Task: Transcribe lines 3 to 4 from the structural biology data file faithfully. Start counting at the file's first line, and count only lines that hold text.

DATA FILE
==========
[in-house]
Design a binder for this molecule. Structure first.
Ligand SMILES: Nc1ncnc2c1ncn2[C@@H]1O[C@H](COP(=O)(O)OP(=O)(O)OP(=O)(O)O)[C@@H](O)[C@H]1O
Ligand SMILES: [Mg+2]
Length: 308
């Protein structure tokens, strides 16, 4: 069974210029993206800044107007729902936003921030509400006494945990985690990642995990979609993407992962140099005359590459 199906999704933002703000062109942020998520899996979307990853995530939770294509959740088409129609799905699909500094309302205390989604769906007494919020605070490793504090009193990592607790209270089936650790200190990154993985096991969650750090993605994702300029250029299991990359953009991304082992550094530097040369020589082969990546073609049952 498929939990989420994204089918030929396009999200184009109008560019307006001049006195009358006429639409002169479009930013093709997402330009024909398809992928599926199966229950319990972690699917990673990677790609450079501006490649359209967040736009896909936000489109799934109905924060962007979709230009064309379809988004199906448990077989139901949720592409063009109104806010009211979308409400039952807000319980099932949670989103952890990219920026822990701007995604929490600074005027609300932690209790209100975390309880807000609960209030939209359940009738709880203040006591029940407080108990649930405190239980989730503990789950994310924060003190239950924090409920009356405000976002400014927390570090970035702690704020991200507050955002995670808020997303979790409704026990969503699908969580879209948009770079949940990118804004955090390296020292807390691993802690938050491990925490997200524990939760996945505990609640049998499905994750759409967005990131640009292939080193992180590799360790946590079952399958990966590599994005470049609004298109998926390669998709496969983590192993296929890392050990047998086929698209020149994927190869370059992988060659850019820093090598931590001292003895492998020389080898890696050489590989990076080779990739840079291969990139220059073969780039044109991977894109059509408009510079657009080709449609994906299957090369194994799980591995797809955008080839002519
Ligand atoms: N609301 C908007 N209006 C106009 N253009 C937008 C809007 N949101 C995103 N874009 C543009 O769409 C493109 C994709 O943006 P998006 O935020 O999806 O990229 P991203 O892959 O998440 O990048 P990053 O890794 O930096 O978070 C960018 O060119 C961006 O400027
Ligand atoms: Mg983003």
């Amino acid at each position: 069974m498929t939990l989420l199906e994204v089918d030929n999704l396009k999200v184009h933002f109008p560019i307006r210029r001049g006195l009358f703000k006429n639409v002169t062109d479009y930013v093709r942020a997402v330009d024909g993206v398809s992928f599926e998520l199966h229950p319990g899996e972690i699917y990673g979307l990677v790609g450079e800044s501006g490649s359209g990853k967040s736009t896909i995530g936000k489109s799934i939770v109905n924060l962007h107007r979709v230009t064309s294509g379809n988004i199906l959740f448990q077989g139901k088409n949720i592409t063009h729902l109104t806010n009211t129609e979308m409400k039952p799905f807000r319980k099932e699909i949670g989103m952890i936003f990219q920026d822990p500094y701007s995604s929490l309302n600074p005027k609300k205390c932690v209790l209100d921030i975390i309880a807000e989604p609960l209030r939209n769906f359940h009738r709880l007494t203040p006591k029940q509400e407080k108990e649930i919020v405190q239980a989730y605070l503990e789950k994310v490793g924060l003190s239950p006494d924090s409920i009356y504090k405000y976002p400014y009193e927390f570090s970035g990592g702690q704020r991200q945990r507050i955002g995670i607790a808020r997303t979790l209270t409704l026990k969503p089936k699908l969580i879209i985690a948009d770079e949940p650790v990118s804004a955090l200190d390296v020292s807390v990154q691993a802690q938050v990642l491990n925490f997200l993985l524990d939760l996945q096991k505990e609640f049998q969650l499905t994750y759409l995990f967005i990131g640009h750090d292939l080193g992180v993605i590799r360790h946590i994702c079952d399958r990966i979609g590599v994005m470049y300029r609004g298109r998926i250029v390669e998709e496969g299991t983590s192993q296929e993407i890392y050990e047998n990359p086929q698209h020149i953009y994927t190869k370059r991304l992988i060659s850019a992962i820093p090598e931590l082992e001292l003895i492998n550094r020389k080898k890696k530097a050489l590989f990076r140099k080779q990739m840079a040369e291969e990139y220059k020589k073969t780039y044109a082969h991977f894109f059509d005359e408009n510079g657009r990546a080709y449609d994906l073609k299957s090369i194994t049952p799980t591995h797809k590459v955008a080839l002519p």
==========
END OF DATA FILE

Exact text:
Ligand SMILES: Nc1ncnc2c1ncn2[C@@H]1O[C@H](COP(=O)(O)OP(=O)(O)OP(=O)(O)O)[C@@H](O)[C@H]1O
Ligand SMILES: [Mg+2]